Mention has already been made of the variety of diseases, widely prevalent in this country, which might be brought within the range of a systematic investigation of the possibilities of treated air. When we consider how numerous and diverse those possibilities are, we are justified in saying that at present little is known and little has been done in this direction, and in asking if we can calmly contemplate a continuance of our inactivity and ignorance. We have purified water; distilled, aerated, and medicated it. We use it for purposes of cure in every variety that nature can provide or science can apply. What has been done for air, beyond mechanical ventilation, modifying or increasing the abundance of its supply without any improvement in its quality ? Compressed air and rarefied air have been used. Establishments exist for the inhalation of steam and medicinal vapours. Oxygen, too, has been summoned to the aid of the sick. But these have been casual expedients of the nature of sittings.' Nowhere, save in the instance already mentioned, have the means been provided of continuous application by enabling the patient to live for a given time in treated air.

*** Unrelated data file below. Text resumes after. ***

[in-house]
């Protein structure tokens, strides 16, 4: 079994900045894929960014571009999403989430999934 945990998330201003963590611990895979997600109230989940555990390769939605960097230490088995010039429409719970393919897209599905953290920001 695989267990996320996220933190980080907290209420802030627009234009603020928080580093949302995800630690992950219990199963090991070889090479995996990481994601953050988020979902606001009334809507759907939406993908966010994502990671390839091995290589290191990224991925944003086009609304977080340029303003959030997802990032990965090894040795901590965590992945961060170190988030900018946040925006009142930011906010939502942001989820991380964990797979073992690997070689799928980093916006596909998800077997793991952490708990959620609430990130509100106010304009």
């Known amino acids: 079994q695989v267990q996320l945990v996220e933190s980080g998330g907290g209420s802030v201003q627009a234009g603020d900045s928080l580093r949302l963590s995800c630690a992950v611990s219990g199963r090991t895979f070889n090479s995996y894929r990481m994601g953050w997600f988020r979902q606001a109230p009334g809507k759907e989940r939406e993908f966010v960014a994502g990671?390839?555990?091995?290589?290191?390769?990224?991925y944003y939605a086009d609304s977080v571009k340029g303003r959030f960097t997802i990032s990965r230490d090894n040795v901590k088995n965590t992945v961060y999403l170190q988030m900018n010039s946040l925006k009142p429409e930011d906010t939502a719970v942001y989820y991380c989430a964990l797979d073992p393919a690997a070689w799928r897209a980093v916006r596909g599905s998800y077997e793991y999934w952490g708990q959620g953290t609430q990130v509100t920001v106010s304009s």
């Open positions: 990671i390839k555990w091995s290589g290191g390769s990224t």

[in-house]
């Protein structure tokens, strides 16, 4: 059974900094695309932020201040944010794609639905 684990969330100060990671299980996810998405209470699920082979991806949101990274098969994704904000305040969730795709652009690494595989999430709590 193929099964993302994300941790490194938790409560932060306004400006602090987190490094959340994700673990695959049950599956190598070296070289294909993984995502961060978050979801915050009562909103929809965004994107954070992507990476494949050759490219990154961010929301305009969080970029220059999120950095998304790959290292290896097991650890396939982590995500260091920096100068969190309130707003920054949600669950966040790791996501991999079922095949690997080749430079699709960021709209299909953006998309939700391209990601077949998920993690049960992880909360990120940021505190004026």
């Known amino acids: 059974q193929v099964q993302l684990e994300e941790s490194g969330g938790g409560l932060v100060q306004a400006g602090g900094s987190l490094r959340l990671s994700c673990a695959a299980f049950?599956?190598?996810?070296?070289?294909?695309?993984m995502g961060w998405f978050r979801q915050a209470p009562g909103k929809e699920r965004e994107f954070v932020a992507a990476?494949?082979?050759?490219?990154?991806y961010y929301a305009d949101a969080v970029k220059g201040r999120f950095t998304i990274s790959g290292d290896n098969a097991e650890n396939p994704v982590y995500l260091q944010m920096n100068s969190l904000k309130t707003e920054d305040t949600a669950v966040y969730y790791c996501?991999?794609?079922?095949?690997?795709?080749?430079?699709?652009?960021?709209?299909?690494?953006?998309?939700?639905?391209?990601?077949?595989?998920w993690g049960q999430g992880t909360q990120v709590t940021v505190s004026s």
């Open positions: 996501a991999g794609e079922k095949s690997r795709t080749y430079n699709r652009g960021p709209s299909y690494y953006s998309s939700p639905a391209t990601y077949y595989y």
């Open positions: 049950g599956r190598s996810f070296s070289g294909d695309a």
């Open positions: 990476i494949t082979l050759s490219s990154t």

The main constituents and the main qualities of air are well known. Its finer constituents and qualities are only now.gaining recognition.
The temperature, the moisture, and the pressure of the atmosphere have already been submitted to control ; and it might even now be possible to provide within a limited cubic space a succession of artificial atmospheres differing in their value for purposes of treatment. But the finer characters of natural climates—for instance, their tonic or their relaxing quality, are not wholly to be explained on so simple a basis. As the proportion of oxygen, nitrogen, and carbonic acid is known to show hardly any local variations, these subtle climatic properties possibly depend upon the more variable influence of light, of electricity, of magnetism, and of the latest of our additions to the attributes of air, radio-activity. The recent observations made in Switzerland that the air at a moderate altitude is several times more radioactive than in the valley favour the hope that a future elucidation of the mysteries of climate may result from a study of the physical agents already known to us, and of others yet to be discovered.